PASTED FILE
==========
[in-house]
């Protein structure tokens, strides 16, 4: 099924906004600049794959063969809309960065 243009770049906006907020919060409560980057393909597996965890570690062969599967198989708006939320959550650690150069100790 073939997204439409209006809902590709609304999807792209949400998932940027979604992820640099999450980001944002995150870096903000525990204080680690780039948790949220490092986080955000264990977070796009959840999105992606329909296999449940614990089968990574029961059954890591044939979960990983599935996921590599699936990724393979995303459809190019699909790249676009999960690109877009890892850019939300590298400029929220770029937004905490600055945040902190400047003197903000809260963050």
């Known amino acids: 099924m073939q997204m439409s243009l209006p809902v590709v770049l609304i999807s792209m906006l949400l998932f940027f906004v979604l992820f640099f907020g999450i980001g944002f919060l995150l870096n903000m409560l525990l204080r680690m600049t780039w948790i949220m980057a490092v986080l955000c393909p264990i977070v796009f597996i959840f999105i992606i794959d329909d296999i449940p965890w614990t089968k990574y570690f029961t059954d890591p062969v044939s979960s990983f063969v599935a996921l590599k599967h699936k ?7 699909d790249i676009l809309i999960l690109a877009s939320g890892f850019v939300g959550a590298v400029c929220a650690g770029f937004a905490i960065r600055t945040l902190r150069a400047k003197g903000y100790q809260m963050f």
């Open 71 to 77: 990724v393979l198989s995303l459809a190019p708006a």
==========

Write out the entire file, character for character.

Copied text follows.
[in-house]
């Protein structure tokens, strides 16, 4: 099924906004600049794959063969809309960065 243009770049906006907020919060409560980057393909597996965890570690062969599967198989708006939320959550650690150069100790 073939997204439409209006809902590709609304999807792209949400998932940027979604992820640099999450980001944002995150870096903000525990204080680690780039948790949220490092986080955000264990977070796009959840999105992606329909296999449940614990089968990574029961059954890591044939979960990983599935996921590599699936990724393979995303459809190019699909790249676009999960690109877009890892850019939300590298400029929220770029937004905490600055945040902190400047003197903000809260963050």
């Known amino acids: 099924m073939q997204m439409s243009l209006p809902v590709v770049l609304i999807s792209m906006l949400l998932f940027f906004v979604l992820f640099f907020g999450i980001g944002f919060l995150l870096n903000m409560l525990l204080r680690m600049t780039w948790i949220m980057a490092v986080l955000c393909p264990i977070v796009f597996i959840f999105i992606i794959d329909d296999i449940p965890w614990t089968k990574y570690f029961t059954d890591p062969v044939s979960s990983f063969v599935a996921l590599k599967h699936k ?7 699909d790249i676009l809309i999960l690109a877009s939320g890892f850019v939300g959550a590298v400029c929220a650690g770029f937004a905490i960065r600055t945040l902190r150069a400047k003197g903000y100790q809260m963050f």
């Open 71 to 77: 990724v393979l198989s995303l459809a190019p708006a």